Volcanic eruptions deep in our oceans are capable of extremely powerful releases of energy, at a rate high enough to power the entire United States, according to a study released today.
Eruptions from deep-sea volcanoes have long been considered relatively uninteresting compared to those on land. While terrestrial volcanoes often produce spectacular eruptions, scattering volcanic ash throughout the environment, deep sea eruptions were thought to only produce slow lava flows.
But data collected by remotely operated vehicles from the depths of the North-East Pacific, and analyzed by scientists at the University of Leeds, has revealed a link between the way ash is dispersed during underwater eruptions and the creation of large and powerful columns of heated water rising from the ocean floor, known as mega-feathers.
These mega-feathers contain hot water that is rich in chemicals and act similarly to atmospheric plumes seen from terrestrial volcanoes, propagating first upwards and then outwards, carrying volcanic ash with them. The size of the mega-feathers is immense, with volumes of water equivalent to forty million Olympic swimming pools. They have been detected above various underwater volcanoes but their origin has remained unknown. The results of this new research show that they form quickly during the lava eruption.
The research was conducted by Sam Pegler, of the School of Mathematics and David Ferguson, of the School of Earth and Environment and is published today in the journal Nature communications.
Together, they developed a mathematical model that shows how the ash from these underwater eruptions spread many miles from the volcano. They used the ash pattern deposited by a historic underwater eruption to reconstruct its dynamics. This showed that the rate of energy released and required to transport the ashes to the observed distances is extremely high – equivalent to the energy used by the entire United States.
David Ferguson said: “The majority of Earth’s volcanic activity occurs underwater, mostly at depths of several miles in the deep ocean but, unlike terrestrial volcanoes, even detecting an eruption is occurring. is produced on the seabed is extremely difficult. Therefore, much remains for scientists to learn more about underwater volcanism and its effects on the marine environment. “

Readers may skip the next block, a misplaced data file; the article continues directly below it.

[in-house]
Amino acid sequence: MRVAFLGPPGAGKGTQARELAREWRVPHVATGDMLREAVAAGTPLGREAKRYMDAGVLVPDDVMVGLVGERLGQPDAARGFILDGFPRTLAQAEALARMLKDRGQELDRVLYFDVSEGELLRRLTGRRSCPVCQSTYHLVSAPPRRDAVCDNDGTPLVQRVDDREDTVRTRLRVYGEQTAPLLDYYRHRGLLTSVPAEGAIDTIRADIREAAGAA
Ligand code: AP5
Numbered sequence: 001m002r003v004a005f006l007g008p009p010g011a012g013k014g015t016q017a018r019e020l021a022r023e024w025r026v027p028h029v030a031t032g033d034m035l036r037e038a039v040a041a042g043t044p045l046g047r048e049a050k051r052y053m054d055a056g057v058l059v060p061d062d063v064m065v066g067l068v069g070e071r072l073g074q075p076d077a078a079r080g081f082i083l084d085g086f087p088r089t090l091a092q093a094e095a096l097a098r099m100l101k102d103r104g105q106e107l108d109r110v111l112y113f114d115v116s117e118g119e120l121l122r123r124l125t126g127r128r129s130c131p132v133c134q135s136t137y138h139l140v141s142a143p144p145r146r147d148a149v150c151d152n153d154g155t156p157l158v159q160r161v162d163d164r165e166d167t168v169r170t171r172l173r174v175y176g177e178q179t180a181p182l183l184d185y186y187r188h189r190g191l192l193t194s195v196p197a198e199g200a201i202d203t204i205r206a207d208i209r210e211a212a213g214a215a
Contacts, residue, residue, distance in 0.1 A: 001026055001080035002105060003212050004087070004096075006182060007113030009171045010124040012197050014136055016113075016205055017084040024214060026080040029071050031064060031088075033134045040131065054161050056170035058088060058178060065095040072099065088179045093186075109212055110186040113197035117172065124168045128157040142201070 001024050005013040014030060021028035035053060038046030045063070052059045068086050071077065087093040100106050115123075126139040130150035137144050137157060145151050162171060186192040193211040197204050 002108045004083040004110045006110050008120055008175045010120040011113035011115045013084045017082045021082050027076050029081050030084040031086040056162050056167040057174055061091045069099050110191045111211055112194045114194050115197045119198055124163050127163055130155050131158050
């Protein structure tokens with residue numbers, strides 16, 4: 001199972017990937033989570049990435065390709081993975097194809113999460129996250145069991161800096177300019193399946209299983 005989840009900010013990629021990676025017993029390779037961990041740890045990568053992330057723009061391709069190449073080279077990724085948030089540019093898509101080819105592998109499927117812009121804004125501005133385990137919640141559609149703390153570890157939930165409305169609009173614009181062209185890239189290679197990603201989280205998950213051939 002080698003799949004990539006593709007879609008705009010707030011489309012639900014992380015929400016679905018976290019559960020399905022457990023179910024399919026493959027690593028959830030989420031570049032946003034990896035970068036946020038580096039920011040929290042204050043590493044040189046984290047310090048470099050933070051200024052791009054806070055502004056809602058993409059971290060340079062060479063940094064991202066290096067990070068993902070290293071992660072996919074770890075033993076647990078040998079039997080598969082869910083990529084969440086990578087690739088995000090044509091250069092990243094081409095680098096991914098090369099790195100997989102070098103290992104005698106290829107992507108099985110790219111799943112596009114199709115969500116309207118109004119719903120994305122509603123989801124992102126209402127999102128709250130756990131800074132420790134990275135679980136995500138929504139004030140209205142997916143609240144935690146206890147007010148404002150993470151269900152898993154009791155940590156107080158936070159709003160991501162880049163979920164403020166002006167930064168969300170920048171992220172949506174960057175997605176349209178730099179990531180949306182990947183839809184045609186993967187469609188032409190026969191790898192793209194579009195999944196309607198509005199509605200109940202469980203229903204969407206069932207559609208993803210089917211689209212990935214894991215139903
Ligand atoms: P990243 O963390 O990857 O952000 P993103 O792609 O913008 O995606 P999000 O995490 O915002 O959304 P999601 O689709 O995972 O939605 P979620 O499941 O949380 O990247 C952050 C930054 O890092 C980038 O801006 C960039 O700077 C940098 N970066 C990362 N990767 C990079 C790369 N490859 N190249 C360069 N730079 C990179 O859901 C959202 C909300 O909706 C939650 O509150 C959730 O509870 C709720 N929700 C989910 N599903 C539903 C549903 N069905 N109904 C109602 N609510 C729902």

Research shows that underwater eruptions cause mega-feathers to form, but the release of energy is so rapid that it cannot be provided from the erupting molten lava alone. Instead, the research concludes that underwater volcanic eruptions lead to the rapid draining of hot fluid reservoirs in the earth’s crust. As the magma makes its way to the seabed, it carries this hot fluid with it.
Sam Pegler added, “Our work proves that mega-feathers are directly linked to the lava eruption and are responsible for transporting volcanic ash into the deep ocean. release of energy.
David Ferguson adds: “Observing an underwater eruption in person remains extremely difficult but the development of seabed-based instruments means that the data can be streamed live as the activity develops. product.
Efforts like these, along with continued ocean floor mapping and sampling, mean that the volcanic character of our oceans is slowly revealing itself.
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